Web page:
Discussion: The Public Health Nurse and Emergencies and Disasters
Other: I was assigned to discuss the recovery phase not the surveillance phase. Please kindly revisit the write up .
Multiple natural and man-made disasters have occurred throughout history. These events represent community emergencies when they are large enough to have a major impact on community functioning. When such events exceed the community’s capacity to manage them, they are called disasters. Because of the nature of these events and their impact on the people living in the affected communities, organized efforts must be employed to plan for, manage, and recover from the impact. Planning for, preventing, and responding to public health needs during times of emergencies and disasters has long been a role of public health nurses.
In 2005, Hurricane Katrina demolished many U.S. communities in the southern Gulf of Mexico region, especially in the states of Louisiana, Mississippi, and Alabama. Imagine you are transported back in time and are practicing as a public health nurse with the New Orleans health department during the weeks leading up to, during, and following this disaster.
The following discussion is about Recovery Phase for disaster management for the New Orleans Health Department. Even though the recovery phase is the last step in a disaster management program, it is the most sensitive step that healthcare nurses need to consider more. The recovery phase entails efforts that try to recreate the affected area, bringing it to its original setting (Li, Jin, Hu & Wang, 2019). Any disaster, either natural or man-made disaster, in most cases, is usually associated with massive damage and health effects that call for a serious recovery phase. Some of the adverse health effects of a hurricane include injury, serious illnesses, and even death. Healthcare nurses need to first gather information concerning the degree and extent of the effects of a disaster before initiating the recovery program.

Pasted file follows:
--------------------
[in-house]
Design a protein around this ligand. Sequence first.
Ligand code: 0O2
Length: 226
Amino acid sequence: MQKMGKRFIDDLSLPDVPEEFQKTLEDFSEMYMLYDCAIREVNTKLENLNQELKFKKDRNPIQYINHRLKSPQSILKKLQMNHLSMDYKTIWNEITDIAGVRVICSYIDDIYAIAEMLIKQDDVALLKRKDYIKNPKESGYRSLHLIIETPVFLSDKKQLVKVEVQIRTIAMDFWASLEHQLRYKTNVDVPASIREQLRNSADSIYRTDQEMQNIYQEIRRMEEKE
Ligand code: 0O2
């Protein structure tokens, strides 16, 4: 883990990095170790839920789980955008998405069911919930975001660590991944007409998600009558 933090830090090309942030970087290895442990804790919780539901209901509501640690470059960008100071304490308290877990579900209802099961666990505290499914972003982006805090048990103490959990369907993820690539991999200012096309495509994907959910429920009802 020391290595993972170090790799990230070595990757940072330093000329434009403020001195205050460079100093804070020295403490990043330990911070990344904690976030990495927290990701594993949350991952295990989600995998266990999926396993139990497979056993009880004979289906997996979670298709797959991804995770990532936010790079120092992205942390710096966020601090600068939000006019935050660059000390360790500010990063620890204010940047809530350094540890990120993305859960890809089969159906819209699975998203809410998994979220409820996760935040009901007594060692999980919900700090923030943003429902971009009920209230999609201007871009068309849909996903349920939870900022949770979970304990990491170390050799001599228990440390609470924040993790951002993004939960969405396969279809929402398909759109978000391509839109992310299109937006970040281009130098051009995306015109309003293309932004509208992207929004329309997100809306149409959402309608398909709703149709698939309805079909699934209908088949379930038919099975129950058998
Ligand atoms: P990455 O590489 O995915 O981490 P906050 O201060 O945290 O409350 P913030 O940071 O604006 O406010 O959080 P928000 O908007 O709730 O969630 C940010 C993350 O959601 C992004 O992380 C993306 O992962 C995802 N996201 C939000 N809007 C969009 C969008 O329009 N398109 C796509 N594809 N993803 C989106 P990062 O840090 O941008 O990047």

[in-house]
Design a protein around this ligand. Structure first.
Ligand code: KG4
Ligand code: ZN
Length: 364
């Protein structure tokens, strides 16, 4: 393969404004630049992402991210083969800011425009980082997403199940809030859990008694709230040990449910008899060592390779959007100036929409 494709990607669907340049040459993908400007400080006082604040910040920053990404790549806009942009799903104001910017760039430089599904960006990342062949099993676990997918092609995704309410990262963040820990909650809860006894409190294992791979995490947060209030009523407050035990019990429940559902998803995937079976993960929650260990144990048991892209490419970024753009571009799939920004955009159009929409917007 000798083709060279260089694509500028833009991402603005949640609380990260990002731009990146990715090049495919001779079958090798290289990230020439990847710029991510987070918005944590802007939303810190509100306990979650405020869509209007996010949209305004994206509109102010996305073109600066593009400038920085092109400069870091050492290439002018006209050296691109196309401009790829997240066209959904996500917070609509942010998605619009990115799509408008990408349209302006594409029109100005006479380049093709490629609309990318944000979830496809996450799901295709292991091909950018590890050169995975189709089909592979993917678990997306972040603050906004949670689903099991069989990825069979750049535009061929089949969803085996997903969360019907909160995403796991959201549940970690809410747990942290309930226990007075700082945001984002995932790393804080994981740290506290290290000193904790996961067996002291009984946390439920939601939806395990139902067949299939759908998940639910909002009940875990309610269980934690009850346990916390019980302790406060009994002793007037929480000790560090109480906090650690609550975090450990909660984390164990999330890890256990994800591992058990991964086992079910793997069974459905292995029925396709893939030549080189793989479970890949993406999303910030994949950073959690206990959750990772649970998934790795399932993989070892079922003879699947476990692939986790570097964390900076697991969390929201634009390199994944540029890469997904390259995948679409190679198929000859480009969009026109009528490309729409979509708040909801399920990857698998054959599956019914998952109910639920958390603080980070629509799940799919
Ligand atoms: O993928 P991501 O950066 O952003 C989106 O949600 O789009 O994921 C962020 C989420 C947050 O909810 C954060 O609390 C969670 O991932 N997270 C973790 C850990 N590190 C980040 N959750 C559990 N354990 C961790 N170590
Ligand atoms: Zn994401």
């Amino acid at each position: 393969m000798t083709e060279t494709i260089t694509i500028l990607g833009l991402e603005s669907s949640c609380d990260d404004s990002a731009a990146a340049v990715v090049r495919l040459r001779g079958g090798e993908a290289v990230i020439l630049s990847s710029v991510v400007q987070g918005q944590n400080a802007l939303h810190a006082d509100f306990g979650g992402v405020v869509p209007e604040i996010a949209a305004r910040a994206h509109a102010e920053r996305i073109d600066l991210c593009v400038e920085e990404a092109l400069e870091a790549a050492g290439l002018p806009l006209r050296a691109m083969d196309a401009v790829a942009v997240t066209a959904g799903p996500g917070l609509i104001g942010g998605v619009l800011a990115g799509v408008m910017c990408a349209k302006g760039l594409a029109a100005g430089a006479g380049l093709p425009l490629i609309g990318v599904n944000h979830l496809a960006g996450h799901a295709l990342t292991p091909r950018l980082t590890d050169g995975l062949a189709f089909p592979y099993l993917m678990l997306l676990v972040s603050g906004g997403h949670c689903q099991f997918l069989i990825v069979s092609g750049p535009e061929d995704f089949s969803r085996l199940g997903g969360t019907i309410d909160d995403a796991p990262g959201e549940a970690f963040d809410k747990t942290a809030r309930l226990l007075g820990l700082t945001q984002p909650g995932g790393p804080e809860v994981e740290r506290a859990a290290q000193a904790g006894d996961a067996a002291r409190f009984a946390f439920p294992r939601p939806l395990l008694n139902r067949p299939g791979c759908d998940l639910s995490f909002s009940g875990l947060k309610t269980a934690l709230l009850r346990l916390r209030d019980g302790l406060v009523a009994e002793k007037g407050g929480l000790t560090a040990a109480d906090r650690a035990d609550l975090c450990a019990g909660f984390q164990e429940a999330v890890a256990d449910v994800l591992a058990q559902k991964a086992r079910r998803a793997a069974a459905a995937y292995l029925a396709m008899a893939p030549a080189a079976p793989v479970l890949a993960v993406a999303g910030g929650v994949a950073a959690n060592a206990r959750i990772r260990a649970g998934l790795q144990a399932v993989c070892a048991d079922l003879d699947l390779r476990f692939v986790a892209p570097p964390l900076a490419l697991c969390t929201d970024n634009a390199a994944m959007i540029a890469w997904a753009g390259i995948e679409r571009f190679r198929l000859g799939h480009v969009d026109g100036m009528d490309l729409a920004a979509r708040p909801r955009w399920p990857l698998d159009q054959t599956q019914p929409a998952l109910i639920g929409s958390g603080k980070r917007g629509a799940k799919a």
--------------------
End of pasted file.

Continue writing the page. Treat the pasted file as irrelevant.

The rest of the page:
With the increasing frequent climate changes, it is important to have a disaster management program in New Orleans. Hurricane is one of the natural disasters calling for a special disaster management approach (Glassey, 2018). In the context of natural disaster management, and effective recovery phase can assist healthcare nurses to respond to the health and social needs emerging from a hurricane. However, one major challenge in a recovery phase is that healthcare nurses in New Orleans cannot achieve recovery goals alone without help from other organizations.
One major role of healthcare nurses during the recovery phase is reducing the spread of communicable diseases that emerge from a hurricane. Some of these illnesses emerge from the uncontrolled movement of water and they include typhoid, influenza, diarrheal infections, and acute respiratory diseases (Lee, Lee, & Lim, 2019). Hurricanes involve massive movement of water over a wide area which can result in severe effects such as flooding (Klotzbach, Bowen, Pielke & Bell, 2018). Water pollution is also a major health effect that can emerge from a hurricane where pollutants come into contact with clean water. Therefore, communicable diseases usually emerged and they end up spreading to many people since members of the public are not in a position to control them.